the captives and the spoil. Then they returned unto the camp. And the men of Vienna went out against them, but fell slain before the Turks, by reason of the many guns, and could not withstand ; and the chief captain of their host died, and the rest returned into the city with shame, and many were taken alive at that time. And the Turks clothed them in purple, and sent them into the city to speak to the hearts of the citizens, saying, “ Let not Ferdinand entice you, for he will not retain strength before this great host : and now incline your ear, and bow your shoulder to bear the yoke of Solyman, and ye shall eat the fat of your land; but if ye refuse and rebel, the sword shall devour, for the mouth of the Lord hath spoken it.” And the men of Vienna would not hearken, and returned them no answer; and they stood upon their guard as yesterday and the day before*.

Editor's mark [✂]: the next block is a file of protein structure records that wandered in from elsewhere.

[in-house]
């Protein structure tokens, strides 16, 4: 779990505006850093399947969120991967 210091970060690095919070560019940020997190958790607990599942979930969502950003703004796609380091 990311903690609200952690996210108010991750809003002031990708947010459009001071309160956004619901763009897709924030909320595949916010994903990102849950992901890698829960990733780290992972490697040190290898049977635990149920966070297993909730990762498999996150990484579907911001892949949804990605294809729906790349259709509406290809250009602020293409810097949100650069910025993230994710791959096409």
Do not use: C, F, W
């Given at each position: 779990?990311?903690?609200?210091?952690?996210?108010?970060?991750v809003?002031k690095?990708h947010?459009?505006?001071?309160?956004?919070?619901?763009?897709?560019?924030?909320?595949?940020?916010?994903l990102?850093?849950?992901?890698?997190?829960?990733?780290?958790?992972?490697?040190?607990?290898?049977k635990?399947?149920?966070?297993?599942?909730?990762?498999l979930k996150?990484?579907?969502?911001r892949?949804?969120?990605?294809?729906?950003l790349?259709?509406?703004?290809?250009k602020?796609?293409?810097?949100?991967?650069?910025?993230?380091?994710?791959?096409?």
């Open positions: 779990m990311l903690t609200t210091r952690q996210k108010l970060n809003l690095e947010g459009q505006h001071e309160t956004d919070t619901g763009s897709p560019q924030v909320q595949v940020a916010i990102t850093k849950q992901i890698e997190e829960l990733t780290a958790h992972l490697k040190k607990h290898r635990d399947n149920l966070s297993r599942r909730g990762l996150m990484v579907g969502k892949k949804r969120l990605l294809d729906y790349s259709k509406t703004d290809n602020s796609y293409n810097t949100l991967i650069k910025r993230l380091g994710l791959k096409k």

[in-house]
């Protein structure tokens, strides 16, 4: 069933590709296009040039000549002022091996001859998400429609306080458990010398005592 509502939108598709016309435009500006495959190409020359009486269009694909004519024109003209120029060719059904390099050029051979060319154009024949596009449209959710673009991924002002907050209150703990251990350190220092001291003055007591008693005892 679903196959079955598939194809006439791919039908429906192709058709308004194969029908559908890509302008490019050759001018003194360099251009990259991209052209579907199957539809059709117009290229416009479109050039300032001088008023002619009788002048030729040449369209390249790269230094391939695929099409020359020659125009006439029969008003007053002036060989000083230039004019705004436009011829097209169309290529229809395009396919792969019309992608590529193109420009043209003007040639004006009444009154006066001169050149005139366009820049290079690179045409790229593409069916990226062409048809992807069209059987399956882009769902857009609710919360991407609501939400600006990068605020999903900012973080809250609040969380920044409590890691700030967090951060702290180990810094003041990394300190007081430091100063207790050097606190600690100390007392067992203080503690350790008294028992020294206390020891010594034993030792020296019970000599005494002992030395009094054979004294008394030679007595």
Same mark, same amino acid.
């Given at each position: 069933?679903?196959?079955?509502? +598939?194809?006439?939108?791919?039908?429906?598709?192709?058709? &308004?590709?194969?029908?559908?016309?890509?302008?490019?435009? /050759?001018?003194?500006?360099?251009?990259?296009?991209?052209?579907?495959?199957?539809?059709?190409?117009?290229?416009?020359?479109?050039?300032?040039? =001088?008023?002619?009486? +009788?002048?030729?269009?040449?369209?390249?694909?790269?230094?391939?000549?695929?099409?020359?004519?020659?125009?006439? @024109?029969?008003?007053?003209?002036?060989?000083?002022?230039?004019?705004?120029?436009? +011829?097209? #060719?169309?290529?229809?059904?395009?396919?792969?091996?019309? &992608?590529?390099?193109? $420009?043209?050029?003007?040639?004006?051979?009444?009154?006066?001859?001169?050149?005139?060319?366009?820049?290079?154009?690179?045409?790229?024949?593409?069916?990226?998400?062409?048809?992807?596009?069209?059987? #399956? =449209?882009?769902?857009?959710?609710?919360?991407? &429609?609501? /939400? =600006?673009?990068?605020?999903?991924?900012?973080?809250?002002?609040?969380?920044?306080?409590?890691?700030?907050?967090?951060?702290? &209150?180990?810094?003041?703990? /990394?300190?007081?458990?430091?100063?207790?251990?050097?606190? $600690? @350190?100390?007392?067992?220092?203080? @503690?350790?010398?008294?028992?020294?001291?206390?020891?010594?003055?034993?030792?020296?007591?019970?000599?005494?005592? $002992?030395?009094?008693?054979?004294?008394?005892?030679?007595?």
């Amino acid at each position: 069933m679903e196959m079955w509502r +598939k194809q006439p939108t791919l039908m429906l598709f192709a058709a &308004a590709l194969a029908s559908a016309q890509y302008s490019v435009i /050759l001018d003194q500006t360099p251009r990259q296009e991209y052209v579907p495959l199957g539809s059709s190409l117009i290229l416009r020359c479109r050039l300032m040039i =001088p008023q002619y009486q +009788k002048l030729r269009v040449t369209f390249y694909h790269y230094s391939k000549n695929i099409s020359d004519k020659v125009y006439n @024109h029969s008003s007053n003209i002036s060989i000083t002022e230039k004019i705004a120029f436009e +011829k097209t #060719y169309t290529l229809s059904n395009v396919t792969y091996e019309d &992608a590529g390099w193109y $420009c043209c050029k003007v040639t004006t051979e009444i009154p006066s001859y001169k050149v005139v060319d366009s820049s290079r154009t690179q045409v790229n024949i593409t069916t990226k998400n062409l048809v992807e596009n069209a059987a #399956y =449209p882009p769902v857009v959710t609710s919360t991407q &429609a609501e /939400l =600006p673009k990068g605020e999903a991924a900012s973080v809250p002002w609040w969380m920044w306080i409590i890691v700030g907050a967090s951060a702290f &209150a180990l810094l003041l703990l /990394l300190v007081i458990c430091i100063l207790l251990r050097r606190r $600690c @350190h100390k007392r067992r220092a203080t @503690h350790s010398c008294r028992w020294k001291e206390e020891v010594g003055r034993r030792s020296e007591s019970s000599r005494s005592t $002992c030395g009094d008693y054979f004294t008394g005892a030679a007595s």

749. And Solyman besieged Altenburgt with his vanguardt, and took it; and three hundred Bohemians were therein, and they went also captive before the oppressor at that time. Some of them also he sent to the city of Vienna to speak to the hearts of the citizens; but they would not hearken. And he came also, and the rest of the hosts; and he set not his heart against the rest of the cities which
* Gen. xxi. 5.
POSEN-SIEGE OF VIENNA.
were behind him, for he was in haste to march until he reached the city of Vienna.
750. And the city of Presburg* also remained behind him, and in the midst thereof were about three thousand Bohemians; and it was as thorns in the sides of his ships at that time. And it came to pass, when the ships came filled with brazen cannons, they cast some of them into the depth of the river, and some of them they took ; and it was to the Turks as a stumbling-block.